Writing history plays + who is an audience

Writing a history play is really hard.  I am going around in circles writing this play for my standard 05 class. The task is to write about the advent of the Aryans into India.

I have made two big attempts – finished two versions of the play. Version 01 I have left as it were, because it is the story of a boy and his life and does not give an integrated view of the human history behind the advent of the Aryans. Bhimak and his friends, very much like Swamy and His friends. Bhimak and His friends is a story from  So began play 02. I sit at it daily for about an hour at work or home, and I keep looking at the lines sometimes with great dissatisfaction, and so within play two, there are 4 versions. Argh! this is killing me.

Research and reference to the second play comes with the books that are age appropriate for children such as Roshan Dahal’s A history of India for children and Sunita Pant Bansal’s History of India, not to mention the several other spaces on the internet where I have made pit stops. But the information, leaves me asking questions, about the Harappans and the Aryans, I have fallen in love with people Dasyus. Where did they go off to when the Aryans came?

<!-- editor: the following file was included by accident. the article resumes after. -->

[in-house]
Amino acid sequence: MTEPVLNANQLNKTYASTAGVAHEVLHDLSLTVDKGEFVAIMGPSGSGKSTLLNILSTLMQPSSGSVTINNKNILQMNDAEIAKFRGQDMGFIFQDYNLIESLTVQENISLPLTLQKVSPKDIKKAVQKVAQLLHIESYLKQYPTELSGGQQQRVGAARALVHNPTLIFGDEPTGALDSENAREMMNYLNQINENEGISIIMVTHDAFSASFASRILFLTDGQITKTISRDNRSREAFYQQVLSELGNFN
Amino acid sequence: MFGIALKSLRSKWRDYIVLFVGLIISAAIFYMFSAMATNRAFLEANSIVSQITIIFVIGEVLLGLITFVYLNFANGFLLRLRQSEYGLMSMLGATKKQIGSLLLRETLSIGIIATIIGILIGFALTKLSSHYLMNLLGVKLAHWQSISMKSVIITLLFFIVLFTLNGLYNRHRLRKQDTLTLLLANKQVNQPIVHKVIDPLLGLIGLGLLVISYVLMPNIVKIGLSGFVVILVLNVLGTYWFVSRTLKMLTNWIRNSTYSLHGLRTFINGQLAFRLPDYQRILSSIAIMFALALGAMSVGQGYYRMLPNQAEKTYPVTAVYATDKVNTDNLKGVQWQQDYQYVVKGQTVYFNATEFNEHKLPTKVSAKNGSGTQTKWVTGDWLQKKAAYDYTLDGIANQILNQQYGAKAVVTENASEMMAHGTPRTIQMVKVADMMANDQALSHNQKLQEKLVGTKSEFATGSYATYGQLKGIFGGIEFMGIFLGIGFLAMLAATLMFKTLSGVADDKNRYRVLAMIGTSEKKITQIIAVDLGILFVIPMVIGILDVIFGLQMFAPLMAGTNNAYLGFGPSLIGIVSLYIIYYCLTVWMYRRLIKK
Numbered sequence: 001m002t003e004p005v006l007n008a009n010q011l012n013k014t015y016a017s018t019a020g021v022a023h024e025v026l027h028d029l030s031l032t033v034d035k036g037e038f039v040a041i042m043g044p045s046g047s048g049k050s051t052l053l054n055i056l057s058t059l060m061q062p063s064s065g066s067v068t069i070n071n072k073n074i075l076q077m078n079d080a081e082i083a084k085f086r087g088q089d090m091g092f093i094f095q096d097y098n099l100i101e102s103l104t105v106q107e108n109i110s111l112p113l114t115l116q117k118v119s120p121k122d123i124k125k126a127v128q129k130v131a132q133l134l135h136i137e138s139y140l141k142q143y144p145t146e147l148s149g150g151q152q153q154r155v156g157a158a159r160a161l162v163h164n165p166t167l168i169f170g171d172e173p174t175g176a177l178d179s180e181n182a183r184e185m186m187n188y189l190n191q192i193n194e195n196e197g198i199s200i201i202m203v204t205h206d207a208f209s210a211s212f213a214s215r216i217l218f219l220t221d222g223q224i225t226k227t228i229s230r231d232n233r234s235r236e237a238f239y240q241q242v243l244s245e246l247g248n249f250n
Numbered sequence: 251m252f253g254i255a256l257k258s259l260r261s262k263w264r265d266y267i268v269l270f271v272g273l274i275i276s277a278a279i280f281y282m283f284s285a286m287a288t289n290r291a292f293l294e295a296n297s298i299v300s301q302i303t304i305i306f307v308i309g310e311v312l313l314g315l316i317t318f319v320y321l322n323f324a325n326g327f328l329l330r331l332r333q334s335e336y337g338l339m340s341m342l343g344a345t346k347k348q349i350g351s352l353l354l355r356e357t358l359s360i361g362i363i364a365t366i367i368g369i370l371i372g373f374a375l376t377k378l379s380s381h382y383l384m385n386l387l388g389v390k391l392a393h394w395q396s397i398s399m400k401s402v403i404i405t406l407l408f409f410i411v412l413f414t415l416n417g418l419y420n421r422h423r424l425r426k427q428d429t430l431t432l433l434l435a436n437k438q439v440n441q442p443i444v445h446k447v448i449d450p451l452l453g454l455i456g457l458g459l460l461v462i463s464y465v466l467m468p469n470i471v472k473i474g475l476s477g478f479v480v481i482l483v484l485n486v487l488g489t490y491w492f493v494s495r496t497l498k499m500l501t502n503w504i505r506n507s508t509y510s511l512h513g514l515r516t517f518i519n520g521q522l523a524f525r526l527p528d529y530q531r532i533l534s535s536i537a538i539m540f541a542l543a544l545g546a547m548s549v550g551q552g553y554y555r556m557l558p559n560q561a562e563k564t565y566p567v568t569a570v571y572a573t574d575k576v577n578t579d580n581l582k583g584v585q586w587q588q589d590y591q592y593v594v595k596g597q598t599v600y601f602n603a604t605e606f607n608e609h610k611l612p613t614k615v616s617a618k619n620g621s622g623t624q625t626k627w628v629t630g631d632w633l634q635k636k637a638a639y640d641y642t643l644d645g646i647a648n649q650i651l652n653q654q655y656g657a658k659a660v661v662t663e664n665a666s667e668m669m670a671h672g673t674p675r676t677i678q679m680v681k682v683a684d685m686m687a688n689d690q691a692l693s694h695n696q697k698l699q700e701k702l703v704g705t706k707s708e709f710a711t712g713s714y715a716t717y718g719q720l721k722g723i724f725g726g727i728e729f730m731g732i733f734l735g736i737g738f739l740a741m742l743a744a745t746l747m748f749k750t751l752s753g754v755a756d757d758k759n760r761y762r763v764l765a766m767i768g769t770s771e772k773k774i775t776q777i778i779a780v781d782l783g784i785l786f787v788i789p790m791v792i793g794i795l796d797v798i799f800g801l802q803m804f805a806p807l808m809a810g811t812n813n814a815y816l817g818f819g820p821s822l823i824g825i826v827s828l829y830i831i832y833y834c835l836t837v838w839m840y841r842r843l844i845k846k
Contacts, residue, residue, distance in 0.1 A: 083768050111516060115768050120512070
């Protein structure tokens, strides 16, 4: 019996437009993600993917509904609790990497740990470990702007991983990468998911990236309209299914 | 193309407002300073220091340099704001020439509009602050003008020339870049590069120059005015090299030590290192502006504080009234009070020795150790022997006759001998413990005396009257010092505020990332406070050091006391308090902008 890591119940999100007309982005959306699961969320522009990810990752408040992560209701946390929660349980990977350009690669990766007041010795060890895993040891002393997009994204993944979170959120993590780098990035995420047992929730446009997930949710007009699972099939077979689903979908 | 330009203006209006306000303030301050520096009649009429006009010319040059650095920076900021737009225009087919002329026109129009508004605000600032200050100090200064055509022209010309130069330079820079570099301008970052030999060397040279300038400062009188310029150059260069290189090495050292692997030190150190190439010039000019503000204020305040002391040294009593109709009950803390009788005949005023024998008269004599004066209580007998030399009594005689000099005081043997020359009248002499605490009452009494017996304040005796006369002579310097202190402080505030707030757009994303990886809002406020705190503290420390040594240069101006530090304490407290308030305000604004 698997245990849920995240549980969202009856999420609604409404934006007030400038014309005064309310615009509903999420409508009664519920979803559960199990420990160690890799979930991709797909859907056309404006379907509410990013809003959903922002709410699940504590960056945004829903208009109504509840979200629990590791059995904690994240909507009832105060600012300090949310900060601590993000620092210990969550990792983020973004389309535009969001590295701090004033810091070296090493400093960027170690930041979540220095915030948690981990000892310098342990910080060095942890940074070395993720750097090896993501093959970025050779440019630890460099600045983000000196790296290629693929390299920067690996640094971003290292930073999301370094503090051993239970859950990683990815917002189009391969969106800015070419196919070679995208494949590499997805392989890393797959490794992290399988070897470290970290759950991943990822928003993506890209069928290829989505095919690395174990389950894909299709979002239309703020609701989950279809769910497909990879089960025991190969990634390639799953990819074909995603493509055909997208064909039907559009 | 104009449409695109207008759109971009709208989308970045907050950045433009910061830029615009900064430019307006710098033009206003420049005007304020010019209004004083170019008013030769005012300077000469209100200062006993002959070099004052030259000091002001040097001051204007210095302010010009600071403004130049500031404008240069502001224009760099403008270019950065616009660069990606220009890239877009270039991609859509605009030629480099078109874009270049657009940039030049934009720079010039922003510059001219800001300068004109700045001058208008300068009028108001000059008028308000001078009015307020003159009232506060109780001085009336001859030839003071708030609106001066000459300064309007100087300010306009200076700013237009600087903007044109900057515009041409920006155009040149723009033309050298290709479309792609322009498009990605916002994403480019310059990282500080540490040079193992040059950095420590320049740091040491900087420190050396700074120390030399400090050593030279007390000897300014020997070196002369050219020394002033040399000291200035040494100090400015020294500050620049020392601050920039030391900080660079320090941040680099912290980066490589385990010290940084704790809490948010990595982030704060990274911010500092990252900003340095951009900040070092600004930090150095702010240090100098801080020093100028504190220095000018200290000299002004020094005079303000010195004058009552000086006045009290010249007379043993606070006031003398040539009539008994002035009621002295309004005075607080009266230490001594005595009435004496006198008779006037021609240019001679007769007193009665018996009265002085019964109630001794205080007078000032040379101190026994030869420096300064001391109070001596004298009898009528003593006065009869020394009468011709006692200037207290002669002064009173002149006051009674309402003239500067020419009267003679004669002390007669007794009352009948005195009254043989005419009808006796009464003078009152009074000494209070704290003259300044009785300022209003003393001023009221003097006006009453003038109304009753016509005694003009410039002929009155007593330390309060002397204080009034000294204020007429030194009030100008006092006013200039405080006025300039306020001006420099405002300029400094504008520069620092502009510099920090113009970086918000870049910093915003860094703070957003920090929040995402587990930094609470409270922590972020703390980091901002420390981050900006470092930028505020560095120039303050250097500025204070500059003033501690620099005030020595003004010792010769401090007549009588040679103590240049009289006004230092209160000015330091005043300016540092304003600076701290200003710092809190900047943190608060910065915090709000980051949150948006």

Research leads me on to interesting books like the Story of Sarasvati, and the Aryans (myth and Archeology) by R K Dhavalikar.

So today:

In class 02, we discussed WHO IS AN AUDIENCE?  WHAT IS AUDIENCE ETIQUETTE? Most interesting. How do you go from being a passive observant of an act to actually helping the actor develop his storytelling? Unfortunately, audience memebers in class and sometimes in a theatre audience members go yak yak yak. Our classrooms are not new to this trend. So today, we had a conversation about this trend. What can the audience do while the person acts and how can we use this in their own play?

What next?

WRITE, WRITE , WRITE, WRITE WRITE, and copious amounts of tea!  How awesome is this opportunity!!



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